Hot Property newsletter: Still a good place to park it
The sky may be falling, but not everyone is panicking. As the real estate market adjusts to the new normal during coronavirus restrictions, a consensus remains: real estate is still a good place to park your money. This week’s roundup includes an auto titan’s Westside estate, a TV lifeguard’s personal tower and one of the more unusual homes in Malibu.
Our Home of the Week in Pasadena is a Spanish Revival-style home that was built by local builder Fritz Ruppel for his mother. Updated and restored, the 1920s house has cathedral-style ceilings and a wood-burning fireplace. Tilework in the bathroom evokes the work of Ernest Batchelder.
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— Neal Leitereg and Jack Flemming
Los Angeles’ high-end market received a vote of confidence this week with the multimillion-dollar sale of Lee Iacocca’s longtime estate in Bel-Air. The late automobile titan’s residence entered escrow amid growing coronavirus fears in March and closed this week at $19.5 million.
Owned by the Iacocca family since the early 1990s, the gated compound includes a two-story Italianate-style home, staff apartments, gardens, a tennis court and a swimming pool. Arched ceilings, custom millwork and marble and hardwood floors are among details of note.
Bouyed by the market
David Chokachi of television’s “Baywatch” made a move away from the beach, selling his longtime home in the Miracle Mile area for $1.515 million. That’s pretty close to what the actor listed the property for in January — $1.539 million.
Owned by the actor for more than a decade, the remodeled residence has about 1,600 square feet, two bedrooms and two bathrooms. A tropical backyard and a garage-turned-lounge accompany the home on the narrow lot, which has tropical landscaping.
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Going a new way
Comedy writer Tim Long has cut loose from his Los Feliz home, selling the 1920s Colonial-style residence to Fleetwood Mac member Neil Finn for $4.3 million.
The 4,340-square-foot home has a long history with celebrities including “Grey’s Anatomy” actress Katherine Heigl, who previously owned the place for about six years. Original details abound inside and out of the charming two-story and include columns, crown molding and paneled walls.
Racing to sell
Race car driver artist Hal Prewitt and his wife, Corinne, are seeking $15.5 million for a Park City, Utah, estate that was once owned by Sen. Mitt Romney. Romney sold the 16.5-acre property to the Prewitts in 2009 shortly after his unsuccessful presidential campaign.
At the heart of the mountain retreat is a log cabin-style mansion of more than 12,000 square feet. The four-story chalet holds six bedrooms, nine bathrooms, carved logs and custom fixtures. A den adds a billiards room.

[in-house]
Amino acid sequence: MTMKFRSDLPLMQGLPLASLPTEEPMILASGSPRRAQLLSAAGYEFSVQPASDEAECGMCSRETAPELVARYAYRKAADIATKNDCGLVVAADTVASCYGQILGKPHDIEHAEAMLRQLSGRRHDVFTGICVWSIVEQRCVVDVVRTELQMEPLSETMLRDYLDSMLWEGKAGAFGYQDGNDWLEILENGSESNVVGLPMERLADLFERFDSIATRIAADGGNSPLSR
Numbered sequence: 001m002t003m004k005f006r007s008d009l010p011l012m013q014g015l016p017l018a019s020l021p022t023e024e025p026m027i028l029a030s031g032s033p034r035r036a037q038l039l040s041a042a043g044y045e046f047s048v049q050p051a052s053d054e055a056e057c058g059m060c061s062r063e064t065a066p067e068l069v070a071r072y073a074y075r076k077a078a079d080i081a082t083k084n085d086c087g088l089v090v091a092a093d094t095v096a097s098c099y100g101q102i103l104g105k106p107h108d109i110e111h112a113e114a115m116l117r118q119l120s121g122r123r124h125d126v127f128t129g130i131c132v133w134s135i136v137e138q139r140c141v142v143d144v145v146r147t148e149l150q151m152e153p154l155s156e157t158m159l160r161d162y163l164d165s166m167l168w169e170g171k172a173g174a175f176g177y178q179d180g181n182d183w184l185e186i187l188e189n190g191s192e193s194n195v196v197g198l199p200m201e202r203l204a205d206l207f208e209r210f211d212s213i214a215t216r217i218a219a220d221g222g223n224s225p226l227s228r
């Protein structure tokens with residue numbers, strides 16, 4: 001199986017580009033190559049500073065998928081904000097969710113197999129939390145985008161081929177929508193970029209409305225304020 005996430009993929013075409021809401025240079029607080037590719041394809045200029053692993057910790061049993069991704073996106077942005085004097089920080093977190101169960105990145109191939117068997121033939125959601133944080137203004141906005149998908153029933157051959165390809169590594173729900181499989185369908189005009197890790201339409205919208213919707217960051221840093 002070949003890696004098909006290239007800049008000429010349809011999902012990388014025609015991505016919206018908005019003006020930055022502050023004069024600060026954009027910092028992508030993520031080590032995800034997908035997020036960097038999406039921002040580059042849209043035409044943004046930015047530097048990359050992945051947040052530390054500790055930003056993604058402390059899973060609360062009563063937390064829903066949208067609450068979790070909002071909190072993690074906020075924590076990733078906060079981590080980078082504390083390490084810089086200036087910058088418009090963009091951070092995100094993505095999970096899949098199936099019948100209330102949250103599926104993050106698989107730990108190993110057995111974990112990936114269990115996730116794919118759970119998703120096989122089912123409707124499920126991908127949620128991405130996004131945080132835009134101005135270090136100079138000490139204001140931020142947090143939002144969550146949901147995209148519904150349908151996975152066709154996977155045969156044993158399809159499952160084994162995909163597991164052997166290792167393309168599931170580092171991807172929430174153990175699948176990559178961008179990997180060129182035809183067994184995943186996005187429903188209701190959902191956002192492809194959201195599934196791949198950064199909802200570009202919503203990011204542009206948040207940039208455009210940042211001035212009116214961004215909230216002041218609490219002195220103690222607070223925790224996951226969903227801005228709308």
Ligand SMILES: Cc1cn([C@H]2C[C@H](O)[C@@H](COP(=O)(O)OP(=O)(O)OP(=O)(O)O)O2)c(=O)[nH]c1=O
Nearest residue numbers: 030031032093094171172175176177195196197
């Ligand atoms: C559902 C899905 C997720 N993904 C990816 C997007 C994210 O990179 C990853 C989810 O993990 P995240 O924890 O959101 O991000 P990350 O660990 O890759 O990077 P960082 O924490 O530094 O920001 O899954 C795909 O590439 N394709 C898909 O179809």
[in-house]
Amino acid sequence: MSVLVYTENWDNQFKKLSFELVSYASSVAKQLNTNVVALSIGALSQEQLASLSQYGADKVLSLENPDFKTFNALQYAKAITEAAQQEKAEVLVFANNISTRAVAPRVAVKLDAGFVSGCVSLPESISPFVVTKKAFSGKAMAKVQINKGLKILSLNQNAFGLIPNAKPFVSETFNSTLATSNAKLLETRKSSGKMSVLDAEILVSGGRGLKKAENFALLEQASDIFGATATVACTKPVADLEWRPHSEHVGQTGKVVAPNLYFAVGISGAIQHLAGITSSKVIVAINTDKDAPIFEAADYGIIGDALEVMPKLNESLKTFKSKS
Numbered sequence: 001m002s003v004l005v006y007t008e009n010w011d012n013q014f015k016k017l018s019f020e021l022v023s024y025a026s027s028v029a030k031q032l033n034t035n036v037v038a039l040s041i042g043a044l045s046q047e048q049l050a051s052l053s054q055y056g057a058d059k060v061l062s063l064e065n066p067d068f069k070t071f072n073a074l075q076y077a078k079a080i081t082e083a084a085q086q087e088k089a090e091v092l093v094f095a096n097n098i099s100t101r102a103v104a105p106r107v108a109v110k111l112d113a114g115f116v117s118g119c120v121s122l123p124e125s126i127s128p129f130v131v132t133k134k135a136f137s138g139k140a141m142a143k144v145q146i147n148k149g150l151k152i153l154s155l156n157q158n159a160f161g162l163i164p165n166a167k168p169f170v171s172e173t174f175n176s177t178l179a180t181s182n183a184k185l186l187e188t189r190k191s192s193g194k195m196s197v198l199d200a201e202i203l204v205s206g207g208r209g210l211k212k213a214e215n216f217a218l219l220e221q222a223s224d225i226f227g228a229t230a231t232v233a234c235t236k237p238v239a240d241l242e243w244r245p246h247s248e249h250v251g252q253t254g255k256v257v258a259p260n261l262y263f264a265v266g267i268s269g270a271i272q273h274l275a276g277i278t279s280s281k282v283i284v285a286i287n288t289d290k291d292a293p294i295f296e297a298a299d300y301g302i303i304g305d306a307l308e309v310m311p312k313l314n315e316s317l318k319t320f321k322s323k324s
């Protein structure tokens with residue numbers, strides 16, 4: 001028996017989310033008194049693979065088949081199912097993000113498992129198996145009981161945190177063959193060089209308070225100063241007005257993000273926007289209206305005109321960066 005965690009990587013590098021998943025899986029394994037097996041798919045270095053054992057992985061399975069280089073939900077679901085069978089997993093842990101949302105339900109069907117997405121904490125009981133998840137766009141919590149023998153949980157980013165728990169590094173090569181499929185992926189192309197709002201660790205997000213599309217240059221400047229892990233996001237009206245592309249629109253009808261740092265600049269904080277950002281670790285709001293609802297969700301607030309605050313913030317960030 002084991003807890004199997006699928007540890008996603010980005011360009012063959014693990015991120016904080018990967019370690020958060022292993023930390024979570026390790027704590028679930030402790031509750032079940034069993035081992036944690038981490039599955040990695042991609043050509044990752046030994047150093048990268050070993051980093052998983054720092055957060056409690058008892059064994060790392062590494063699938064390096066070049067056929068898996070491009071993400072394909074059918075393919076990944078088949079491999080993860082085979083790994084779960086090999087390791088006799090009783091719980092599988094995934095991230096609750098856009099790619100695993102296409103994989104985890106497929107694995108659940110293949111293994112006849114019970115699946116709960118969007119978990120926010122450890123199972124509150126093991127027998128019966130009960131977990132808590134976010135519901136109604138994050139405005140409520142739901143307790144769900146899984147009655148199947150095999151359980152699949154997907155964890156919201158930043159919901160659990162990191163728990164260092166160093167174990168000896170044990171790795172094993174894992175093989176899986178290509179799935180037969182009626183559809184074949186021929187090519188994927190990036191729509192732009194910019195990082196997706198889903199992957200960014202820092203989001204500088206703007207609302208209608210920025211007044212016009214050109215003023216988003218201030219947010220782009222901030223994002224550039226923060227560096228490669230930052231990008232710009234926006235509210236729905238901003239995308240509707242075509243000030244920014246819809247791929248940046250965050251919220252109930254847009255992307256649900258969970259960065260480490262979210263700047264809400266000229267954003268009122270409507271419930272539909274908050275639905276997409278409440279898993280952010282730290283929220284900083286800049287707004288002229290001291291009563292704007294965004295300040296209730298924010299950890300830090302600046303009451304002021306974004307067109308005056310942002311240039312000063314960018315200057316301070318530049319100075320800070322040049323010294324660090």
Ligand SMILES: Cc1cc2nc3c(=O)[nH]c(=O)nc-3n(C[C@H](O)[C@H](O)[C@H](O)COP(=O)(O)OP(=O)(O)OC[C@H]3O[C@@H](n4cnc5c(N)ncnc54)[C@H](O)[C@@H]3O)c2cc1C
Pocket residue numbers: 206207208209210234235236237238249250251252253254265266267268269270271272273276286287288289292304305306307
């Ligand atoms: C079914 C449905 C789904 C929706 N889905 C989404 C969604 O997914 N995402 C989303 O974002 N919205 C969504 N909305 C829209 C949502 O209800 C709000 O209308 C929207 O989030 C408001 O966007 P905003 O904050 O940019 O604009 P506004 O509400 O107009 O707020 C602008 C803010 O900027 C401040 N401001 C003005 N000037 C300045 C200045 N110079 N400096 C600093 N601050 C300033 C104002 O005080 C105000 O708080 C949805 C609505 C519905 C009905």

Stars aligning in Malibu
Malibu’s Pyramid House, a pyramid-shaped residence in the Santa Monica Mountains, found a buyer last month at $2.02 million. Designed and built by a pair of astronomy photographers, the offbeat residence faces the magnetic north and features a sun calendar embedded into the living room.
The property originally hit the market in 2018 for $3.1 million and was most recently listed for $2.288 million. The new owners are Warner Bros. executive Veronika Kwan Vandenberg and her husband, Robert.
From the archives
Thirty years ago, fresh off her role in “The Boyfriend School,” actress Shelley Long bought a Pacific Palisades architectural showpiece for about $3 million. The contemporary residence was designed by Brian A. Murphy, who was sometimes referred to as “the bad boy of architecture,” and featured walls made of firewood and awnings created from thatched eucalyptus branches. Walkways, steps, countertops and floors were covered in broken pieces of tile set to look like the patchwork on a quilt.
Twenty years ago, Hot Property creator Ruth Ryon went on vacation, so the world of high-end and celebrity real estate had to do without.
It was 10 years ago when singer-songwriter Paul Anka bought his unit at the newly built Carlyle Residences in the Wilshire corridor. Anka’s unit has two bedrooms and 2,800 square feet of living spaces. The 24-story building features private elevator entrances and amenities that include concierge service, fitness facilities and a dining room.
What we’re reading
How weird has the home-buying process become during COVID-19? L.A. Times reporter Andrew Khouri explores the new real estate landscape, where buyers are touring homes virtually and taking part in specialized showings.
How long does it take to binge-watch every real estate TV show? The New York Times looks at the shows to binge to fill the real estate void.
John Legend and Chrissy Teigen aren’t letting the novel coronavirus stand in the way of their New York expansion. The New York Post reports the singer and the model/television personality have paid $7.7 million for a 3,400-square-foot triplex. The couple own another unit in the same building that they bought in 2018 for $9.02 million.